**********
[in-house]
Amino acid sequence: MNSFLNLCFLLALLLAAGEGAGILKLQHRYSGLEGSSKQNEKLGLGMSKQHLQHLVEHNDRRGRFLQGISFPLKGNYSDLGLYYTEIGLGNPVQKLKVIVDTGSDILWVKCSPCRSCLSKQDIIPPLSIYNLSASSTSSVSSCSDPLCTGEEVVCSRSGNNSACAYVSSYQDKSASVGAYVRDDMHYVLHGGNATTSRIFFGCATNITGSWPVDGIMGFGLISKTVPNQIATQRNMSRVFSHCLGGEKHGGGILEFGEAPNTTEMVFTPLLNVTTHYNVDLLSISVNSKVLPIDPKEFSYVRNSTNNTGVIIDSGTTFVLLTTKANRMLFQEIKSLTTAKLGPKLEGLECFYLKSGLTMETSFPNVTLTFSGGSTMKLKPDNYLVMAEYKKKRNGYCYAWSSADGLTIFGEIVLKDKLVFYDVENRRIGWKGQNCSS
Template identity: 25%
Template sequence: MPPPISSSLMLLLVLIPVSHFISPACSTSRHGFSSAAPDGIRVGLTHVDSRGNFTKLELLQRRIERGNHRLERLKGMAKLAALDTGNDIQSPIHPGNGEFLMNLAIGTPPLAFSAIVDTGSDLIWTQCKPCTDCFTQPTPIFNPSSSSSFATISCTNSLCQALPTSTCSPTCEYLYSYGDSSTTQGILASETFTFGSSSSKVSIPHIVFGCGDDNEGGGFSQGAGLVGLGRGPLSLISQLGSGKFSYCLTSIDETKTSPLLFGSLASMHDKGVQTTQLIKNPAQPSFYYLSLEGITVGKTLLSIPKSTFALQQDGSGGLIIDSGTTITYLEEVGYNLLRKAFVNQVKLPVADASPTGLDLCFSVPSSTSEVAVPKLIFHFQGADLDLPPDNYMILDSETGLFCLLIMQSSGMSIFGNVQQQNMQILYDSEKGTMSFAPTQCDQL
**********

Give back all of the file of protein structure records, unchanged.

[in-house]
Amino acid sequence: MNSFLNLCFLLALLLAAGEGAGILKLQHRYSGLEGSSKQNEKLGLGMSKQHLQHLVEHNDRRGRFLQGISFPLKGNYSDLGLYYTEIGLGNPVQKLKVIVDTGSDILWVKCSPCRSCLSKQDIIPPLSIYNLSASSTSSVSSCSDPLCTGEEVVCSRSGNNSACAYVSSYQDKSASVGAYVRDDMHYVLHGGNATTSRIFFGCATNITGSWPVDGIMGFGLISKTVPNQIATQRNMSRVFSHCLGGEKHGGGILEFGEAPNTTEMVFTPLLNVTTHYNVDLLSISVNSKVLPIDPKEFSYVRNSTNNTGVIIDSGTTFVLLTTKANRMLFQEIKSLTTAKLGPKLEGLECFYLKSGLTMETSFPNVTLTFSGGSTMKLKPDNYLVMAEYKKKRNGYCYAWSSADGLTIFGEIVLKDKLVFYDVENRRIGWKGQNCSS
Template identity: 25%
Template sequence: MPPPISSSLMLLLVLIPVSHFISPACSTSRHGFSSAAPDGIRVGLTHVDSRGNFTKLELLQRRIERGNHRLERLKGMAKLAALDTGNDIQSPIHPGNGEFLMNLAIGTPPLAFSAIVDTGSDLIWTQCKPCTDCFTQPTPIFNPSSSSSFATISCTNSLCQALPTSTCSPTCEYLYSYGDSSTTQGILASETFTFGSSSSKVSIPHIVFGCGDDNEGGGFSQGAGLVGLGRGPLSLISQLGSGKFSYCLTSIDETKTSPLLFGSLASMHDKGVQTTQLIKNPAQPSFYYLSLEGITVGKTLLSIPKSTFALQQDGSGGLIIDSGTTITYLEEVGYNLLRKAFVNQVKLPVADASPTGLDLCFSVPSSTSEVAVPKLIFHFQGADLDLPPDNYMILDSETGLFCLLIMQSSGMSIFGNVQQQNMQILYDSEKGTMSFAPTQCDQL